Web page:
Nov 2, 2017
You've probably driven through Newburgh Heights on Interstate 77.
92,000 cars travel through the village’s jurisdiction every day.
But the tiny village has a big secret. And 5 On Your Side Investigators are exposing it.
Over the last 3.5 years, the government of Newburgh Heights has sanctioned a scam that has taken thousands of dollars from insurance companies and drivers.
Newburgh Heights is all of a half-square mile total — including the golf course. The average income is around $40,000. Average home values are about $73,000.
"You think it's official. You're doing the right thing,” said Rhonda Abraham.
She’s a victim of the widespread scheme to fool people and insurance companies into giving cash to Newburgh Heights.
"I work hard for my money…I don't want to give it away. I can do better things with it," she said.
Rhonda is not alone.
"(Drivers) just assume they have to pay it or they're going to get arrested if they don't,” said driver Mike McFarland.
He also paid up.
"It just don't seem morally right to charge you for something like this," he said.
And what is Newburgh Heights charging for? Calling the cops for an accident.
Newburgh Heights is the same village where at least 1/5th of its budget comes from traffic tickets. You might know it from the well-publicized, controversial speed cameras or officers on a bridge checking their money maker — I-77.
At Newburgh Heights Mayor's Court, where the speeders are paying up, the drivers had an opinion about what’s really happening. We asked people there if they think the fines are more about safety or more about the money.
“More so about the money," said Nautica Skinner.
"I feel like it's more about money,” said Aaron Smith.
"Yeah, that's a lot of money accumulating, you know?" said Gerald Thames.
Inside the village's new $2.8 million hall sits a cavernous, well-adorned chamber complete with bay windows, crown molding and a chandelier. The court costs for the proceedings? $90 a head.
There's money going into the police department. It's a village with just under 2,200 but it has 30 total officers.
We drove the main loop in the town. It took us 3-and-a-half minutes. Are 30 officers really needed there?
Similar villages like Strasburg, Walton Hills, Gate Mills all have more people, all with many more square miles, and all with fewer officers. A lot fewer.
It's a village where the police chief has a salary that's more than 1.5 times what the average citizen makes. Mayor Trevor Elkins? Same thing.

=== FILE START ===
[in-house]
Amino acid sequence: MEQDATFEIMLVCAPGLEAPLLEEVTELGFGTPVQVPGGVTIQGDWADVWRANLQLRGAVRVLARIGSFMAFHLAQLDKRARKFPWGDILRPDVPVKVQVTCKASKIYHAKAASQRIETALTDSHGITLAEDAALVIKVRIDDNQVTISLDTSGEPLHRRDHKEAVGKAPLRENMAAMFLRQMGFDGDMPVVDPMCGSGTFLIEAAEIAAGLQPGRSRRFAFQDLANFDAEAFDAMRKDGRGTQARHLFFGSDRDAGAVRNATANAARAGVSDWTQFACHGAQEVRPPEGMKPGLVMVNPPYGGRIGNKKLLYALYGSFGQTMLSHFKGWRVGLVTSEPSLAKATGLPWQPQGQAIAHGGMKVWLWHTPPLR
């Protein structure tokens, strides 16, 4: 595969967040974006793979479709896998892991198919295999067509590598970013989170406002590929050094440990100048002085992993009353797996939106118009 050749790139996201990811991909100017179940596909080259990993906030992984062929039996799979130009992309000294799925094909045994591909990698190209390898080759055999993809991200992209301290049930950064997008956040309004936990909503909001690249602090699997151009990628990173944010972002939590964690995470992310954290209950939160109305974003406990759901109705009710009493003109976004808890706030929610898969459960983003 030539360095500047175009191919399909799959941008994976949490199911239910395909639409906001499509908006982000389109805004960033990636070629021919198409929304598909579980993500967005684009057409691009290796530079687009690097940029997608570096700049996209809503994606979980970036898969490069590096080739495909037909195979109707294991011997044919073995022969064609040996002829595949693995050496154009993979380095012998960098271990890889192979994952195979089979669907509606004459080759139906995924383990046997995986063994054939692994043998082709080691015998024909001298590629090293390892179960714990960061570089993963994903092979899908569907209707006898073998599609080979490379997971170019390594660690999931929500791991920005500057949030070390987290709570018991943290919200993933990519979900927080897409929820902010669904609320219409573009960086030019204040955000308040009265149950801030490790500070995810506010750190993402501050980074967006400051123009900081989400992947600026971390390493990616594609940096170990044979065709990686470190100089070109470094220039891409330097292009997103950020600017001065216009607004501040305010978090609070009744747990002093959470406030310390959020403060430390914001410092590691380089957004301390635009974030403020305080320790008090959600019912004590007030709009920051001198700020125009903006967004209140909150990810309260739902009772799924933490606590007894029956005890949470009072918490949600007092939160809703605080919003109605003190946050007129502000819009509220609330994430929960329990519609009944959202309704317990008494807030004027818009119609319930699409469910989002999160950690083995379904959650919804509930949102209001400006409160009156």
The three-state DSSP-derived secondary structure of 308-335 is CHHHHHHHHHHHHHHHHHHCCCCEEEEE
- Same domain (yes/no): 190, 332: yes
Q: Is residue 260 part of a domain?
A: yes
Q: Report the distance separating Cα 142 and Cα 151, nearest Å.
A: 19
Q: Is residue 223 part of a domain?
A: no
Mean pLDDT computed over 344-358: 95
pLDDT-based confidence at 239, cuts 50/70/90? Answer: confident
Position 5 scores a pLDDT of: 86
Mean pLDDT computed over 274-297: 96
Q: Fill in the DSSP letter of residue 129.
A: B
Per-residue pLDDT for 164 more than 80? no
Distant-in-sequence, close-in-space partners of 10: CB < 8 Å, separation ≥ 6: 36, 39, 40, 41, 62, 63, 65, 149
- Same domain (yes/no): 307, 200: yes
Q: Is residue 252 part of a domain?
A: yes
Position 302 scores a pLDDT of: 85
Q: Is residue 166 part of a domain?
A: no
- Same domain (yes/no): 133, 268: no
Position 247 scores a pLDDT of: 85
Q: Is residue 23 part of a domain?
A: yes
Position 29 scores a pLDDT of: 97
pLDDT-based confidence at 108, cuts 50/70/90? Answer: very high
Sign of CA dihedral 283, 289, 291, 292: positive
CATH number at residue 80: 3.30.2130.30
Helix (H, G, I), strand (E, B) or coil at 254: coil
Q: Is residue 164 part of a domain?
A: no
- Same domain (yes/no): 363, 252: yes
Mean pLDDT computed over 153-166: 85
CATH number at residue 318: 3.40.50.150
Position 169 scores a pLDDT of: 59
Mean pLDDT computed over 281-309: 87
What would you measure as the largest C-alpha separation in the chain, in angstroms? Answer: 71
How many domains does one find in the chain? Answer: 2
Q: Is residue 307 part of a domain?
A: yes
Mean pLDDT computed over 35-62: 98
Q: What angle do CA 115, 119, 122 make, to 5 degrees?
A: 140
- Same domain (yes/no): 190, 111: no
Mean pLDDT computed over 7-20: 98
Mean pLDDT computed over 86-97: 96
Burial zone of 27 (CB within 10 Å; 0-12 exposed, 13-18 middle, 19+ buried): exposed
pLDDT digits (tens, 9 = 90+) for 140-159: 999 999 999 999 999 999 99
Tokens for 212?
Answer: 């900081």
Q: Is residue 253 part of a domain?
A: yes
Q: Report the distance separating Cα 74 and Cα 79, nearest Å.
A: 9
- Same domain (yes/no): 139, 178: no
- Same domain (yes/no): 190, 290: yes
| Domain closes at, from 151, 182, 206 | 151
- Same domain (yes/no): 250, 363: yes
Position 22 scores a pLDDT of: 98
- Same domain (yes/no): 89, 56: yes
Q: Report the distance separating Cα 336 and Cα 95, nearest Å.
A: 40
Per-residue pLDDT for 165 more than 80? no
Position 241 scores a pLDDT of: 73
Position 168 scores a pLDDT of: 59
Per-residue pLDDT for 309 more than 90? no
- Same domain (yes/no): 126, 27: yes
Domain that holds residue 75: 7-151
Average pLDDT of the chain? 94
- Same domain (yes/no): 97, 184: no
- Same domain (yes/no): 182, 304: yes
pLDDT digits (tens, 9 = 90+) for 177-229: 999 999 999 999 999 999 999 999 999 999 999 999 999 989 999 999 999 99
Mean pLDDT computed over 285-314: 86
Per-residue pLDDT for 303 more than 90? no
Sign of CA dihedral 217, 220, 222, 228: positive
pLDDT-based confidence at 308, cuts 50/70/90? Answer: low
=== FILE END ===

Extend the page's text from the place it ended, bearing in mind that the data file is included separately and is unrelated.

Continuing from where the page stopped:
We wanted to know more about charging people for calling the cops, but the stewards of the village coffers didn't want to talk to us. So, we went to them just before their bi-weekly meeting.
"Feel free to contact me during the business day,” said Mayor Elkins.
When we said we’ve done that several times but he denied us an on-camera interview, he said this: “I don't have to give you an interview."
No interview. So, we waited until the public comment session.
"The taxes of your village don't cover the police department?" we asked, standing in front of the council members.
The conversation was lively and included a key question about billing for the response of police.
"Is that hard billing or soft billing? What would you tell the people who receive those bills?” we asked.
“Chief, do you have a comment? I think the answer is a soft billing,” said Mayor Elkins. The village’s fire chief said he didn’t know.
Turns out the mayor admitted it's all soft billing.
What's that? That's the scam.
You don't have to pay. It never tells you there's no enforcement to pay in the official-looking bills sent to people who are at-fault and live out of town. The bills just keep on coming.
"It started really making me think this is some sort of scam or something,” said Dennis Geiger. His wife, who didn't want to go on camera, was in a fender bender. Someone hit her from behind in Newburgh Heights in September of 2015. She pulled to the side of the road.
"A half-hour later, she called me back and says, ‘No one's come. I've called twice. No one's come,” said Geiger.
She drove herself to the police station and filed the accident report. Five months later, Geiger got a bill for $436 for police services including a police officer and a squad car.
But wait, that never happened to begin with. When we asked about Geiger’s case, the village said that bill was a clerical error.
"So you probably also discovered that that's the only circumstance where that's occurred,” said Mayor Elkins.
Not true. We uncovered another crash in 2015 where Newburg Heights police clearly stated "it is undetermined who was at fault." The insurance company got billed anyway and paid it.
So, in the sleepy little town, Newburgh Heights’ officers are still out there on the bridge. The mayor’s court is still packed. And the billing scam keeps rolling along.
"It's terrible that it's going on and it's been going on for a while," said Abraham.
"How do you sleep at night knowing that you're fleecing people the way you do?" asked McFarland.
The village tells News 5 everything it does is focused on public safety. The billing for these kinds of services is a way to recoup costs.
5 On Your Side Investigators checked several other municipalities in our area to see if they bill for non-emergency police calls.
Every place from Avon Lake, Cleveland Heights, East Cleveland, Rocky River, Seven Hills, Shaker Heights, to Westlake said "no." Those calls are a public service.